Have you ever seen a goat in a tree?

We stayed one night in Essaouira. Although our time there was limited, I felt like we had the quintessential Essaouira experience... we stayed in a riad (traditonal hotel with rooms surrounding a central courtyard) in the medina, watched the sun set from the medina walls, wandered the streets (no cars allowed in the medina) in the evening, sipped fresh-squeezed orange juice for breakfast on our hotel's rooftop terrace overlooking the town and the ocean, shopped in the souqs, climbed the sea bastion tower to look back at the town, and had freshlly grilled fish for lunch at the fish stalls by the harbor. Essaouira was another of the highlights of our trip for me.

Canons along the city wall

Watching the sunset

View from our hotel's roof

Spices for sale

No cars in the medina meant we employed this man to help us get our bags from the car park to our hotel. He let Alex ride in his cart, which Alex thought was super cool!

View of Essaouira from the sea bastion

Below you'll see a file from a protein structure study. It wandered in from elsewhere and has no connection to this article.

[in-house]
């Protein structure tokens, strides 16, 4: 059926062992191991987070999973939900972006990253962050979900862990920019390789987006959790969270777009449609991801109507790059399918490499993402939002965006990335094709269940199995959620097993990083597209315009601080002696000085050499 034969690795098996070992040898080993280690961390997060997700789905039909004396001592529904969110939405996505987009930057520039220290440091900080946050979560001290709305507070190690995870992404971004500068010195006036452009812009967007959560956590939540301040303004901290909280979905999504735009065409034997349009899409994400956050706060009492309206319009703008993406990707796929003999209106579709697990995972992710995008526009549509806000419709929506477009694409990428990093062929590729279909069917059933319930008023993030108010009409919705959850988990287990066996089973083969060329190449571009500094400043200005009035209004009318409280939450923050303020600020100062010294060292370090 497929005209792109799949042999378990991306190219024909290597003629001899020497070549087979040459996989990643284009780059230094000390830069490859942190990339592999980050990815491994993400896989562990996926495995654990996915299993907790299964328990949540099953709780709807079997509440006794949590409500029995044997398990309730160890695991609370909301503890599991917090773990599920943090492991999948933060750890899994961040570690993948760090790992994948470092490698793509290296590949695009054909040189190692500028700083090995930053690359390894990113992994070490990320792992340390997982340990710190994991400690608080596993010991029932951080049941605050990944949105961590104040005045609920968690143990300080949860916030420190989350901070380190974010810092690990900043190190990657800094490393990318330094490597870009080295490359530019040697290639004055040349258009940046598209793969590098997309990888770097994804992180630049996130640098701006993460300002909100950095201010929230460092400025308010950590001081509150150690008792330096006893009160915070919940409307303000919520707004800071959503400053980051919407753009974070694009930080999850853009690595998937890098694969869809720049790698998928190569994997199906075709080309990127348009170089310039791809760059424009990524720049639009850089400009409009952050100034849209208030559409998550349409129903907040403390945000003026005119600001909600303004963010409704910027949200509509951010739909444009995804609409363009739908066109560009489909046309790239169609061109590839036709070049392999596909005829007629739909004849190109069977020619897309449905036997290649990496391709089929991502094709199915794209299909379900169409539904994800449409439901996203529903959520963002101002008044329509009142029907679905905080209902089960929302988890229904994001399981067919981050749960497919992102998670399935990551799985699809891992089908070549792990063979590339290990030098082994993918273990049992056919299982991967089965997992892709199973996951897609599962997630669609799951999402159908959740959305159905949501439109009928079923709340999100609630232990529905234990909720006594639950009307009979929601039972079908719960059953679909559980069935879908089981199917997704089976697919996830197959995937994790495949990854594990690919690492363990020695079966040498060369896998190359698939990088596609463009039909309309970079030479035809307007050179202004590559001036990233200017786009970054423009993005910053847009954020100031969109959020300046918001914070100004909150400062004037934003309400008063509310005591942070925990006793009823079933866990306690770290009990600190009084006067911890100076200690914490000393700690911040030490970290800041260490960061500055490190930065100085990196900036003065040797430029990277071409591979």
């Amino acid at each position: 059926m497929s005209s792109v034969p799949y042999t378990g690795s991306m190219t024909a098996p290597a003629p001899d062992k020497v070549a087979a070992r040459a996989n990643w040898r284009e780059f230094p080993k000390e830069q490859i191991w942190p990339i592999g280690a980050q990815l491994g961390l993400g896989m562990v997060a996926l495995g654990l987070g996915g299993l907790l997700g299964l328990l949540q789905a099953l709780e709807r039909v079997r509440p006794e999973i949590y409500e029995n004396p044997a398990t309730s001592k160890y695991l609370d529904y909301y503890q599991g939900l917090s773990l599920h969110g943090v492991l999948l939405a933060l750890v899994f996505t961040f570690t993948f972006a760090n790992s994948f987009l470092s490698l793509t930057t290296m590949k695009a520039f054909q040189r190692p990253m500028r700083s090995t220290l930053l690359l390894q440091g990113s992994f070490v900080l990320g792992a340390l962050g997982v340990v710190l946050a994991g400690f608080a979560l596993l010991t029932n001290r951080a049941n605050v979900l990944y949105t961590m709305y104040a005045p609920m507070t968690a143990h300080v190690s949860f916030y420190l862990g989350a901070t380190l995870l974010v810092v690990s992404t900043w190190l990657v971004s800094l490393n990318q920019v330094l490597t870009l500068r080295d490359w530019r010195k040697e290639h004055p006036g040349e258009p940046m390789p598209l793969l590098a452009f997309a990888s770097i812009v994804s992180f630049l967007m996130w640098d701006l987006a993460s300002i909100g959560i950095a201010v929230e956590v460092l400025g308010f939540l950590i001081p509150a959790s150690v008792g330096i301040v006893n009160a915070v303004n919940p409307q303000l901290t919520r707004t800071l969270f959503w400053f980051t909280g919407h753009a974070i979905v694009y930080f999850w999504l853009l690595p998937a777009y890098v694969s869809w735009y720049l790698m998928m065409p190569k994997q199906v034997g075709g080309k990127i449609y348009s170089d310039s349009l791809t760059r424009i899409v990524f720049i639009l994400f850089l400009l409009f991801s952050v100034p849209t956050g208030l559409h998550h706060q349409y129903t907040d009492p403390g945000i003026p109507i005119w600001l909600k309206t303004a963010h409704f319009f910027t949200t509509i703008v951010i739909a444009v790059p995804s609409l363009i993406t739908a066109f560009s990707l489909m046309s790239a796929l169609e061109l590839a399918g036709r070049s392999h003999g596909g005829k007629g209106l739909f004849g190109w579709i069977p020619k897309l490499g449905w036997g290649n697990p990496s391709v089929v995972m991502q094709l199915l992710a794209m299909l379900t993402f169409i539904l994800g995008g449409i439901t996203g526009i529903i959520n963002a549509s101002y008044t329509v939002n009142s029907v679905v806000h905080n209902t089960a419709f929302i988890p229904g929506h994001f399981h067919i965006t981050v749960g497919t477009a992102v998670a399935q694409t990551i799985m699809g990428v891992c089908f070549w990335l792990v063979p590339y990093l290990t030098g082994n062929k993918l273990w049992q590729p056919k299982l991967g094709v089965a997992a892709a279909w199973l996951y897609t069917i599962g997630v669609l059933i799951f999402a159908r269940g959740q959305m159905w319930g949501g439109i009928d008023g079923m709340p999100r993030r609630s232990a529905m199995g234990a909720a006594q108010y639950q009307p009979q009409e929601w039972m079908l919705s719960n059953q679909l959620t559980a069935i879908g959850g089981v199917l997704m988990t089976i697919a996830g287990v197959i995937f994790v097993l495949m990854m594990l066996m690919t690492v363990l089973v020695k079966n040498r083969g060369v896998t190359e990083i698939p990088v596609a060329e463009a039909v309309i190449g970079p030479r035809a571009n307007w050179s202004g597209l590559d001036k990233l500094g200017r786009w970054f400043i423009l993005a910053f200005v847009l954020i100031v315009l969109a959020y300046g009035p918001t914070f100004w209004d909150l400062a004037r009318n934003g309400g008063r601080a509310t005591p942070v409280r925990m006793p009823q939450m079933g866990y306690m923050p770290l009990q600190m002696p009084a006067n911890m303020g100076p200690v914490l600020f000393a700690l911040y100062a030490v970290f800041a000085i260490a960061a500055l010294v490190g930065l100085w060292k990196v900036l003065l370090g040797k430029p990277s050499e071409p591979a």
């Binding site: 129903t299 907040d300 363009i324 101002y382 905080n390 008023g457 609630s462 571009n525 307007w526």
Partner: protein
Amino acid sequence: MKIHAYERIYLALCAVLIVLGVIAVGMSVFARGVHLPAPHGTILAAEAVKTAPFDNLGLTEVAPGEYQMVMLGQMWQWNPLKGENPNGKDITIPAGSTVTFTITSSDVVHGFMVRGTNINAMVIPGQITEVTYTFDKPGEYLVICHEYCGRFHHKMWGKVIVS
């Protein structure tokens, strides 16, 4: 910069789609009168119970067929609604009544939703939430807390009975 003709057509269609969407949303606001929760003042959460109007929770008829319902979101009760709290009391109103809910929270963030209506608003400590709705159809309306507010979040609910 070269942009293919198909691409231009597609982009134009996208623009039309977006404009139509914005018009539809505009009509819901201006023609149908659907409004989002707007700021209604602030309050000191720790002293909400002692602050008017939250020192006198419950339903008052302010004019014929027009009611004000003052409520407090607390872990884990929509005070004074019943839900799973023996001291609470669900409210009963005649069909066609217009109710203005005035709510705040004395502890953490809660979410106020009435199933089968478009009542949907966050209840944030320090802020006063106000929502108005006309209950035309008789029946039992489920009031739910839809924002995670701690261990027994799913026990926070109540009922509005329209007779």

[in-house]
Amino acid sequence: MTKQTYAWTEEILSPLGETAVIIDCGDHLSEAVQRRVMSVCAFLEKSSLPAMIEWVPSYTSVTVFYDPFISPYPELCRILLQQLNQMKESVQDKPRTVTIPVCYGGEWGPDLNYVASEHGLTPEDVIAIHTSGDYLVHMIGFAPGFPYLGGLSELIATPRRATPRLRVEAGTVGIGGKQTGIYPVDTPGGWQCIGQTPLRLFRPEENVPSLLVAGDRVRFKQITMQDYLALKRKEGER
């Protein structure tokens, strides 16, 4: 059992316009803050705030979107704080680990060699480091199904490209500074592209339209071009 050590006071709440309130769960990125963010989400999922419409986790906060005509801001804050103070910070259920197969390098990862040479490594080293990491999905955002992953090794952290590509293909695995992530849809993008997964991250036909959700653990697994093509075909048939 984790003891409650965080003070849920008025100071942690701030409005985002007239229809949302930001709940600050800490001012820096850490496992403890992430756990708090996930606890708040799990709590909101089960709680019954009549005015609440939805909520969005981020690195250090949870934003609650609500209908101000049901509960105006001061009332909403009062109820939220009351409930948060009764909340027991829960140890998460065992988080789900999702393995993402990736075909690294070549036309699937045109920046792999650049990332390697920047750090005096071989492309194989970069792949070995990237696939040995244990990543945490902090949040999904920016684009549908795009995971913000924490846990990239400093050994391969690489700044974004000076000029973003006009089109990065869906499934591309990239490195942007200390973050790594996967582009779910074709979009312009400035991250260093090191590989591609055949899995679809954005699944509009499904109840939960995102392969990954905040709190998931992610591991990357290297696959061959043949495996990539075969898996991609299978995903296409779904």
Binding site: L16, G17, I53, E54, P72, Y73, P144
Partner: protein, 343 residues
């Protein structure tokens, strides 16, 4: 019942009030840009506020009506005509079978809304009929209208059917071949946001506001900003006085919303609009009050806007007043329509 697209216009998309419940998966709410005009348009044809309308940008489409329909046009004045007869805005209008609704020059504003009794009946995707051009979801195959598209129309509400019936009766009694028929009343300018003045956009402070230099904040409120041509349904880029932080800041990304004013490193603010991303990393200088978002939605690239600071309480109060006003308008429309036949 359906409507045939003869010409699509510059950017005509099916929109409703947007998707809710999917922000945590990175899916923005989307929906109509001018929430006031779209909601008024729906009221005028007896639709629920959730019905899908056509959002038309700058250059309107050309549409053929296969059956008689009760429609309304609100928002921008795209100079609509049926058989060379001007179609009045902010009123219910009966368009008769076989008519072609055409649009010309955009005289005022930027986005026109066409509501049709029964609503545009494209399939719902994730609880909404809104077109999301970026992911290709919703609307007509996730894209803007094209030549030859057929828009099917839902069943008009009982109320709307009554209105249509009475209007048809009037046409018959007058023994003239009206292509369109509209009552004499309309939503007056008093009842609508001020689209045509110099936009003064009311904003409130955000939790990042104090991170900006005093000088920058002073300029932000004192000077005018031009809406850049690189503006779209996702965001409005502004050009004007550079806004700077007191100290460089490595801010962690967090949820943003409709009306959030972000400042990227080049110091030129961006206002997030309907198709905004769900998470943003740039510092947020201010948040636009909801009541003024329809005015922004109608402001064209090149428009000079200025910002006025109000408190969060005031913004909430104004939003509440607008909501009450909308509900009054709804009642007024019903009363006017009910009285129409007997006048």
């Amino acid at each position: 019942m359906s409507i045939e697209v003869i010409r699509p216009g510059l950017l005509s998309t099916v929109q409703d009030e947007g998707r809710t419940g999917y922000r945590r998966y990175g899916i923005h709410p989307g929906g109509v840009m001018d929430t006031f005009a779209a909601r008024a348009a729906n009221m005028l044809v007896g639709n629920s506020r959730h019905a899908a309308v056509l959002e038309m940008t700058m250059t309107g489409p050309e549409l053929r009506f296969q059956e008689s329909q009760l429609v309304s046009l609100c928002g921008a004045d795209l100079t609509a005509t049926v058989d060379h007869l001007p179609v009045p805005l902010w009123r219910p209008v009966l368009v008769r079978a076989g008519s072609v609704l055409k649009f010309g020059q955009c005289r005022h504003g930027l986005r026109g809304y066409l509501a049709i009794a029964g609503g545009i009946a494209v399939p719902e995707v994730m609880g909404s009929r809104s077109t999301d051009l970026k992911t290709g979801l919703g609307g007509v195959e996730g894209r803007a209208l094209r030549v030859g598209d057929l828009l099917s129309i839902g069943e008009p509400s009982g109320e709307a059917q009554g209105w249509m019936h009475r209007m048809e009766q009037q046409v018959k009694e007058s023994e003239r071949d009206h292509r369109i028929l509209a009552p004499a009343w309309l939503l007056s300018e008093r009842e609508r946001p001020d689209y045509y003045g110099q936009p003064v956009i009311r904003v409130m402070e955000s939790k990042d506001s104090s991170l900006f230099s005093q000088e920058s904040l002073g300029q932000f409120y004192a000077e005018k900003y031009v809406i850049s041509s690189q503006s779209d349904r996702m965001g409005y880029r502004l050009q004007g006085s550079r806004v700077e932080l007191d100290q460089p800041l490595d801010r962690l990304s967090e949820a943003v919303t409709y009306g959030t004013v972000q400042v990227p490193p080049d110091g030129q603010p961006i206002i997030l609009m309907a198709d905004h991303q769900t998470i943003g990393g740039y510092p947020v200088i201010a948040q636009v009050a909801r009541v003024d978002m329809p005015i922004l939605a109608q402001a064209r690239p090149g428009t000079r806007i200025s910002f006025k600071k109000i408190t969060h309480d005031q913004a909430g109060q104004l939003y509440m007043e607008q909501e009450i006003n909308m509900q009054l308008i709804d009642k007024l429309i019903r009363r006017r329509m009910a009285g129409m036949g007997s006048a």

From Essaouira, we continued the drive north to the little resort community of Oualidia, where we stayed two nights. Oualidia is situated on the shores of a calm lagoon which is separated from the rough waves of the Atlantic by a rocky breakwater. We were able to find another furnished apartment, just like in Mirleft, which was near the beach. The water in the lagoon was relatively warm, and there were no huge waves, so the boys could roam a bit freer, which was nice. We paid an old fisherman to take us around the lagoon on his boat one morning, and in the evening, we walked on the boardwalk before going to dinner and saw the last of the fading sunset sky and the waves crashing agaist the rocks. Rusty and Alex also rode a four-wheeler on the beach one morning! Hey, I guess if you can't ride a camel, a four-wheeler is the next best thing!